David A. Schoenwald
    Energy Storage & Transmission Analysis Department
    Sandia National Laboratories

    Abstract: This talk will present results on two applications of energy storage for the improvement of power system dynamic performance that will become necessary as more intermittent renewable energy sources are incorporated into the electric power grid. The first application is the design and implementation of a battery-based control system to reduce the variability of photovoltaic (PV) power output at the generation site. The control system is challenged with the task of reducing short-term PV output variability while avoiding the overworking of the battery, both in terms of capacity and amp capability. A full-scale implementation was deployed in a demonstration project, in partnership with an electric utility and a battery manufacturer. Both simulation and experimental results will be presented. The second application is the analysis and design of a decentralized control system to increase the damping associated with inter-area oscillation modes. These modes arise from the swinging of many generators in one part of the power grid against generators in another part of the grid. Analysis and simulation results for the control system design will be presented for both a reduced-order model of the WECC (Western Electricity Coordinating Council) and a full-scale PSLF (Positive Sequence Load Flow) model of the WECC.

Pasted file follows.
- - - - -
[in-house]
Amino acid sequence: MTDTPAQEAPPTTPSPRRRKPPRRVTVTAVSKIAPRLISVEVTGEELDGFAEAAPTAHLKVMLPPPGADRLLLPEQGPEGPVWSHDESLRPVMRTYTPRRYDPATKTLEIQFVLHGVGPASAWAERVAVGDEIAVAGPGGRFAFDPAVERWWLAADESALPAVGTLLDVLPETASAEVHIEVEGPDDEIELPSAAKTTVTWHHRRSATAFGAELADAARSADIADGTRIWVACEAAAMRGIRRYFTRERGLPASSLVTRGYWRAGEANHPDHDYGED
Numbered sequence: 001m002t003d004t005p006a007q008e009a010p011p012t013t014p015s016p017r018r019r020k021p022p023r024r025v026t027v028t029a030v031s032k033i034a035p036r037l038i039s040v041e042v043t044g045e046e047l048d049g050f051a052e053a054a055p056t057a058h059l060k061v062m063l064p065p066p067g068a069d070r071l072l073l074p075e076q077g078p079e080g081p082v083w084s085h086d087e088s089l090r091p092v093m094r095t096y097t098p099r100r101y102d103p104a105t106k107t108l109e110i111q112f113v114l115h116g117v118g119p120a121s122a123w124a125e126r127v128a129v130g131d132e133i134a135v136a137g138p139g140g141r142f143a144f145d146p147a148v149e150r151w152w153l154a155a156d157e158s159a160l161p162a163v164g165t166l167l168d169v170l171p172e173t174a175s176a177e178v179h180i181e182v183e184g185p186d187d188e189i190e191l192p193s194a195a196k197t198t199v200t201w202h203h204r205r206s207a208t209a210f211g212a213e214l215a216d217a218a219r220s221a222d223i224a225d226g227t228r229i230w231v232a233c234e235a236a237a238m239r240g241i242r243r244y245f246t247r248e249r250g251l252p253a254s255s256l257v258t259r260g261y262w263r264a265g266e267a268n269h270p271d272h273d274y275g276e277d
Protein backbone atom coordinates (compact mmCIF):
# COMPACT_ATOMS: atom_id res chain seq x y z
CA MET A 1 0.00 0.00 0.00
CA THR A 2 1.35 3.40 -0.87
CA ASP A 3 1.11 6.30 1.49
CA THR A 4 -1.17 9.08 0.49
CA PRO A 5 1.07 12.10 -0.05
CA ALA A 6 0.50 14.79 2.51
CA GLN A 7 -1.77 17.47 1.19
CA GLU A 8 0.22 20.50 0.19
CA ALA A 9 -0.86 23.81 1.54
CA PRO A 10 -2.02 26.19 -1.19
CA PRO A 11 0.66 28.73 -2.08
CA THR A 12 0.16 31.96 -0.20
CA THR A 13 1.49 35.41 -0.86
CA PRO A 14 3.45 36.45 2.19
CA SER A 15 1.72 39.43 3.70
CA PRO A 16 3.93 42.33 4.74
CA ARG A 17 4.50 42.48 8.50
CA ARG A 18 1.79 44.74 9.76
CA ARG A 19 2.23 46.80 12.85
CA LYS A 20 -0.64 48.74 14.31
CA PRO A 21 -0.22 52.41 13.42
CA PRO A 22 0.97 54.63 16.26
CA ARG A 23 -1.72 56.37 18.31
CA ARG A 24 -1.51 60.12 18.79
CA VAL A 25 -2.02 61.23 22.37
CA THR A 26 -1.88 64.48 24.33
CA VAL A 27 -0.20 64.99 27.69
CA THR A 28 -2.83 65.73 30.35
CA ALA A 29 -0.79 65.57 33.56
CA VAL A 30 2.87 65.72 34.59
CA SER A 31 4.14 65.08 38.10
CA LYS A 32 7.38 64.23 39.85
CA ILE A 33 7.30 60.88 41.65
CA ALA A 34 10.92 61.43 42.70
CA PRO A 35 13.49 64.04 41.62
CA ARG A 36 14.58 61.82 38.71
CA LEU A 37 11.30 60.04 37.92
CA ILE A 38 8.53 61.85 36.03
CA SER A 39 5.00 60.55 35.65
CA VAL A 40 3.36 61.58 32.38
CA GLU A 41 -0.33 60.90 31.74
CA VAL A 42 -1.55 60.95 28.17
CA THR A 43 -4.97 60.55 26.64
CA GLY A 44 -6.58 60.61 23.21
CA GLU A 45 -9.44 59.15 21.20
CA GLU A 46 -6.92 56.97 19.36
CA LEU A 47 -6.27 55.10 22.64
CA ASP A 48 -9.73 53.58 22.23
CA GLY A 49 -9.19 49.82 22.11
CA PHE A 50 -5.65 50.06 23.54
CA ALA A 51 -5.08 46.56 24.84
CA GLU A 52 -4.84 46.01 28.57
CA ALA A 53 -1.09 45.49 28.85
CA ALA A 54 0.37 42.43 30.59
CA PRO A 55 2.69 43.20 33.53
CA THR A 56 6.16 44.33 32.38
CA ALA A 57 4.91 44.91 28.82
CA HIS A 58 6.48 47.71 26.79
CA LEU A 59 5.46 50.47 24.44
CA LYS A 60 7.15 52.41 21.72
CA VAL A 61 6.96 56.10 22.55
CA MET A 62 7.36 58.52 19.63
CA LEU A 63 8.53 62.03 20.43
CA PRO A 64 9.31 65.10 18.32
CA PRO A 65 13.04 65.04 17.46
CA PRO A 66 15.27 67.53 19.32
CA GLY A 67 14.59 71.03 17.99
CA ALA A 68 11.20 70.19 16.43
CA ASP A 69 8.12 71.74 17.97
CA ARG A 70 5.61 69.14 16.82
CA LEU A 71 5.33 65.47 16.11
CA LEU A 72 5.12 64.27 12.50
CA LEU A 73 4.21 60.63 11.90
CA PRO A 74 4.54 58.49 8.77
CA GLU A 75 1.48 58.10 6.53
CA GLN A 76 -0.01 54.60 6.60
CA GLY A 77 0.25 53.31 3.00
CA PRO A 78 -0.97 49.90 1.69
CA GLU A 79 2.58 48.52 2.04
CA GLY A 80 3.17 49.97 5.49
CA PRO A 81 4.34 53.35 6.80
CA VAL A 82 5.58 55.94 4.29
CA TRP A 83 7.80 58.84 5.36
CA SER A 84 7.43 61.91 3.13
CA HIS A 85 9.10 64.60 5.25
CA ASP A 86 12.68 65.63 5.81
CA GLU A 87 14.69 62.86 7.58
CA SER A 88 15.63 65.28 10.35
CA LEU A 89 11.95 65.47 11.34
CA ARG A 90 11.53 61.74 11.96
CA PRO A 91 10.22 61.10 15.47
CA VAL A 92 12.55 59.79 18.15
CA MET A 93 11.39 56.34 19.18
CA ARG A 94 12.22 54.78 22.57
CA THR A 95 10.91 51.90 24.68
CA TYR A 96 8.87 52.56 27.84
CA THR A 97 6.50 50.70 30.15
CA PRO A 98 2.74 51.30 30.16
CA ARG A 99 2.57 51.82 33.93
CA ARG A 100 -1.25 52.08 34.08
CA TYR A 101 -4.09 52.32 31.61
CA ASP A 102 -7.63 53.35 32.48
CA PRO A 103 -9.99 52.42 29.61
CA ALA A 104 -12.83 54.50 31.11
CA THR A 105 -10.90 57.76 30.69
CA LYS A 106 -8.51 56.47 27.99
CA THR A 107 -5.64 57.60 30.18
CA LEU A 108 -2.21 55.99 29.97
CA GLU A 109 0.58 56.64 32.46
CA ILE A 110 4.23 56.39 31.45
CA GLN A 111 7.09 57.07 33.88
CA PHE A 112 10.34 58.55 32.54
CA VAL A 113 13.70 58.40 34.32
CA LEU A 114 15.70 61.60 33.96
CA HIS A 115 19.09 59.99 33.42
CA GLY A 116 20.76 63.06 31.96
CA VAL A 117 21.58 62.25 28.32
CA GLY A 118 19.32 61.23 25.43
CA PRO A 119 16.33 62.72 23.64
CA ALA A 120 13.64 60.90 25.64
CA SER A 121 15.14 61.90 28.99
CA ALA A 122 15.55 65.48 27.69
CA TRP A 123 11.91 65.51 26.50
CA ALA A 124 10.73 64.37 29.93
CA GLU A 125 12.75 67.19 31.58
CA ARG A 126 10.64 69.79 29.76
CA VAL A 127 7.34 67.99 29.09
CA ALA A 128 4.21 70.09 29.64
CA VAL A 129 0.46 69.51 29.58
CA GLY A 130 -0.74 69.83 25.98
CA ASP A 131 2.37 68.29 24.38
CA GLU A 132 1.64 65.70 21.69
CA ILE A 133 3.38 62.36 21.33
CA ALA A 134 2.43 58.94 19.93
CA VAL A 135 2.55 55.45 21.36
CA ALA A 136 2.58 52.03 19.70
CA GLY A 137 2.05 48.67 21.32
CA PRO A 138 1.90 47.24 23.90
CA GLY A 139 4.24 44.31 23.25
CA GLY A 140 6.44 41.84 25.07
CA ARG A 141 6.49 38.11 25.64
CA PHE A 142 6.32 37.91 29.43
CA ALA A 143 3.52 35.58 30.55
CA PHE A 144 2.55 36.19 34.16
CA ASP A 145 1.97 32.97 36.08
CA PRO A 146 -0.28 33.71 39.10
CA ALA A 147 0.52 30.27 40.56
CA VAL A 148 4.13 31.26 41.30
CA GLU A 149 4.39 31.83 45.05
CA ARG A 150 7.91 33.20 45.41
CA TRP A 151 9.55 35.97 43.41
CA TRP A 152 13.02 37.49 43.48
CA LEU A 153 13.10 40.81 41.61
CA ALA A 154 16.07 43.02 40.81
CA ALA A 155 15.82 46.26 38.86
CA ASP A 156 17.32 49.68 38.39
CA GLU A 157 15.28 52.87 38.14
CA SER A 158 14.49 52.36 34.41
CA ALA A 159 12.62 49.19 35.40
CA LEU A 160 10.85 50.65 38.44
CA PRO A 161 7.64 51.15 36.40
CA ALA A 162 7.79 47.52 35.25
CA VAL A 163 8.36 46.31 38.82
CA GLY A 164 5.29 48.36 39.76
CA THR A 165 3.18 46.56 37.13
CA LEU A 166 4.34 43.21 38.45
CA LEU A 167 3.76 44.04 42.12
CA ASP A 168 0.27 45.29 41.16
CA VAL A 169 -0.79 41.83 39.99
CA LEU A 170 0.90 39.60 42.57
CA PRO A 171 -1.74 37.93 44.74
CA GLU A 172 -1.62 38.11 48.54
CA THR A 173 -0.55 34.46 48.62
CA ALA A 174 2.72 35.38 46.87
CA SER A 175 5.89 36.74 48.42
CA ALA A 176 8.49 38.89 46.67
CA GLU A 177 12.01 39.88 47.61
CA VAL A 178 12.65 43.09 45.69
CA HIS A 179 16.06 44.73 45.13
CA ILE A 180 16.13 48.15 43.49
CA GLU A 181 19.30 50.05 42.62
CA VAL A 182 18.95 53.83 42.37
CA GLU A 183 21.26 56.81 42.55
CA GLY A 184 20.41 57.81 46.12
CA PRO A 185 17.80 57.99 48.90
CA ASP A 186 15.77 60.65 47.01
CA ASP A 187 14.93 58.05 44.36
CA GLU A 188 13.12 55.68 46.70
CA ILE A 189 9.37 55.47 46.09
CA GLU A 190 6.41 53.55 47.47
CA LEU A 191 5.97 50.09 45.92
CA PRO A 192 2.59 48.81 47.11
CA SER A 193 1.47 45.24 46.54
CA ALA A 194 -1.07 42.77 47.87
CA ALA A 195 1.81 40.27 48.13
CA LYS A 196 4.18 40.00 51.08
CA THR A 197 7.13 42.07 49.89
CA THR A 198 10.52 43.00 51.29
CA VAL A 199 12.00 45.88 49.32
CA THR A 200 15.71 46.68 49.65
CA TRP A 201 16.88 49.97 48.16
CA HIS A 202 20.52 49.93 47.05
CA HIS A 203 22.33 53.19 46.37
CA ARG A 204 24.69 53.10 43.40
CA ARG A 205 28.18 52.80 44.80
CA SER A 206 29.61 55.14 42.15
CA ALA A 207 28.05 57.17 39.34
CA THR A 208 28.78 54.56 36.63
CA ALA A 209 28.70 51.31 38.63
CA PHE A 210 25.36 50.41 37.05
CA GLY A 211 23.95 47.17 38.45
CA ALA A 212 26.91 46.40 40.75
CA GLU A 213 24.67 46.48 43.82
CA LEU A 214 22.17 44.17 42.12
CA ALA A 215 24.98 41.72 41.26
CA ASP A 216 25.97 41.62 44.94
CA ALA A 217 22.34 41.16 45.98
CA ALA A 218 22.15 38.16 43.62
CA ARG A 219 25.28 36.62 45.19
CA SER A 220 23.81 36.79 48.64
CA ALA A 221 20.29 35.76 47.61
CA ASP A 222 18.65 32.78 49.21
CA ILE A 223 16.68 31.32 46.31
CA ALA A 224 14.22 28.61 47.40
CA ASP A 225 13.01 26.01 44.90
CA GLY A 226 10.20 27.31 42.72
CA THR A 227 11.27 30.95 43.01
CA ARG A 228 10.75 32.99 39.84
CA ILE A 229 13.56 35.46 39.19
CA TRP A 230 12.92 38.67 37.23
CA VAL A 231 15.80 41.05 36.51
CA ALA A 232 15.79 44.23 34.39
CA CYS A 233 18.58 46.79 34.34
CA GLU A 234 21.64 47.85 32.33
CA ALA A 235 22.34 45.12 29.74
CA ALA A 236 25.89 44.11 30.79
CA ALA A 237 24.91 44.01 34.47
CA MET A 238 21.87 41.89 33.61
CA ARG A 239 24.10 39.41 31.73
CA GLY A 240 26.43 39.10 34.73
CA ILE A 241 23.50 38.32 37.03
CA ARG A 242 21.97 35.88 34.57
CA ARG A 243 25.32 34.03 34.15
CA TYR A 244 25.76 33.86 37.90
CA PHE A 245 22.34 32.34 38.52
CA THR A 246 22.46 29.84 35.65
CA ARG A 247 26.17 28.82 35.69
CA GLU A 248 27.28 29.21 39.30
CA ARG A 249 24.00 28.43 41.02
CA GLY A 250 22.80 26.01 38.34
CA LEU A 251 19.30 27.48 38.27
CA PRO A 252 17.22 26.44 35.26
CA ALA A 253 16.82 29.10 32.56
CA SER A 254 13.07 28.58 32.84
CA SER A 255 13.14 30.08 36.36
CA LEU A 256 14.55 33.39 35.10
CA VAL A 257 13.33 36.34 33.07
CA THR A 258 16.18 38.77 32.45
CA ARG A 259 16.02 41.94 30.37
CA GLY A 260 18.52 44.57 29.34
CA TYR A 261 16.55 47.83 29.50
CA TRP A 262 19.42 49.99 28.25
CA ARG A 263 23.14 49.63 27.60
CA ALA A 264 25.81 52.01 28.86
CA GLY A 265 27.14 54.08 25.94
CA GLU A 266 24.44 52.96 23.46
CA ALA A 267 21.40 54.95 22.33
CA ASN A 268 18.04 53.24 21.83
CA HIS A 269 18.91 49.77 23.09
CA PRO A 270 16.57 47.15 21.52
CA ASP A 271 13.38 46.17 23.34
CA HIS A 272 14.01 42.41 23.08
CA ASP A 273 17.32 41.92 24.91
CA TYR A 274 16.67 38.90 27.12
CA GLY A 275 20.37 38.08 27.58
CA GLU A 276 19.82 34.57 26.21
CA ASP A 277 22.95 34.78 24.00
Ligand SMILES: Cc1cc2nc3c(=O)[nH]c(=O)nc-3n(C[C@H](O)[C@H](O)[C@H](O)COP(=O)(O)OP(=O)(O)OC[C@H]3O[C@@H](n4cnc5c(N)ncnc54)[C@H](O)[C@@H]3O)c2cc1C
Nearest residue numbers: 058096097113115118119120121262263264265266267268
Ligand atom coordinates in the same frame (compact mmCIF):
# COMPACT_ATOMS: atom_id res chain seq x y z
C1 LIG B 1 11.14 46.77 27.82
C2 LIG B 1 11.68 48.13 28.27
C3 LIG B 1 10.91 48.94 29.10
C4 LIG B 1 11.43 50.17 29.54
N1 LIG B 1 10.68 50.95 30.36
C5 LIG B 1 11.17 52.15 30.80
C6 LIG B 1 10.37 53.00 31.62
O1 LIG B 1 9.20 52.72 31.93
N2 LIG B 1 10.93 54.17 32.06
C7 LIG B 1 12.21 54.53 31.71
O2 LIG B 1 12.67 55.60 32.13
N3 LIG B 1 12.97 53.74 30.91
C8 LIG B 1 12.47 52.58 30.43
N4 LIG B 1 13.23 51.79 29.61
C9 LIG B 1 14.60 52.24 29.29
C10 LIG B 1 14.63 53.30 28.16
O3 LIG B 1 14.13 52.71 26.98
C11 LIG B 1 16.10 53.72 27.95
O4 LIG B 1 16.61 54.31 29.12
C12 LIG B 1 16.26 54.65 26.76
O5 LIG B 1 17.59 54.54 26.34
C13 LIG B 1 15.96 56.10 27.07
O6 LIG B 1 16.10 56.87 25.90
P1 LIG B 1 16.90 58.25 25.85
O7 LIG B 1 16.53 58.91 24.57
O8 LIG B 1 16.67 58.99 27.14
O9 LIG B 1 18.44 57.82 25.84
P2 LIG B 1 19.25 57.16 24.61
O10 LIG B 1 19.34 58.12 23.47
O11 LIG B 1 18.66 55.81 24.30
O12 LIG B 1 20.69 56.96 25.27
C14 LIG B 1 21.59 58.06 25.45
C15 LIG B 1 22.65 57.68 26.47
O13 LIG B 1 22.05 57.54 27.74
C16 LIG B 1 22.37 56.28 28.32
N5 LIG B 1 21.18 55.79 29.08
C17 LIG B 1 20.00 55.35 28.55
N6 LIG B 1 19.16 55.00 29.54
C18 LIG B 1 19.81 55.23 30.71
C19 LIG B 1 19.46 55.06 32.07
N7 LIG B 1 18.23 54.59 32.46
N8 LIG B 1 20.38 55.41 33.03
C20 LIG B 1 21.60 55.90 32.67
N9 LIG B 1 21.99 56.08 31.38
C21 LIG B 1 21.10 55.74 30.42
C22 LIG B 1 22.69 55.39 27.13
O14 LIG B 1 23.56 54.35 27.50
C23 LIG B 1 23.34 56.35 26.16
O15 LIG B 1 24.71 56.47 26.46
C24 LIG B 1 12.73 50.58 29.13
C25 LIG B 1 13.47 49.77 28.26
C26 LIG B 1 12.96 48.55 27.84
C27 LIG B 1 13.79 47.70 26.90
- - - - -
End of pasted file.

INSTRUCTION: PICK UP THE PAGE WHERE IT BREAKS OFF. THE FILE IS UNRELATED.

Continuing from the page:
See All Upcoming Events

Energy Infrastructure News

Sandia and NREL Announce Two New H2FIRST ReportsSandia National Laboratories and the National Renewable Energy Laboratory (NREL) announce the publication of two new Hydrogen Fueling Infrastructure Research and Station Technology (H2FIRST) reports on hydrogen contaminant detection capabilities and reference station design analysis. H2USA is a public private partnership launched by the US Department of Energy in 2013 to overcome the critical barriers […]
New Report Describes Joint Opportunities for Natural Gas and Hydrogen Fuel-Cell Vehicle MarketsSandia, supported by the DOE’s Vehicle Technologies and Fuel Cell Technologies offices (within the DOE Office of Energy Efficiency and Renewable Energy, EERE), recently released “Transitioning the Transportation Sector: Exploring the Intersection of Hydrogen Fuel Cell and Natural Gas Vehicles.” The September 2014 workshop considered common opportunities and challenges in expanding hydrogen and natural gas use […]
Sandians Participate in 46th Annual American Geophysical Union (AGU) ConferenceFifty-six Sandians from ten Centers joined more than 22,000 geoscience professionals, students, and academics at the December AGU Fall Meeting. Sandia staff chaired multiple technical sessions and gave dozens of presentations on topics ranging from improved climate models to performance models for underground waste storage to 3D printing and digital rock physics. Marianne Walck (Director […]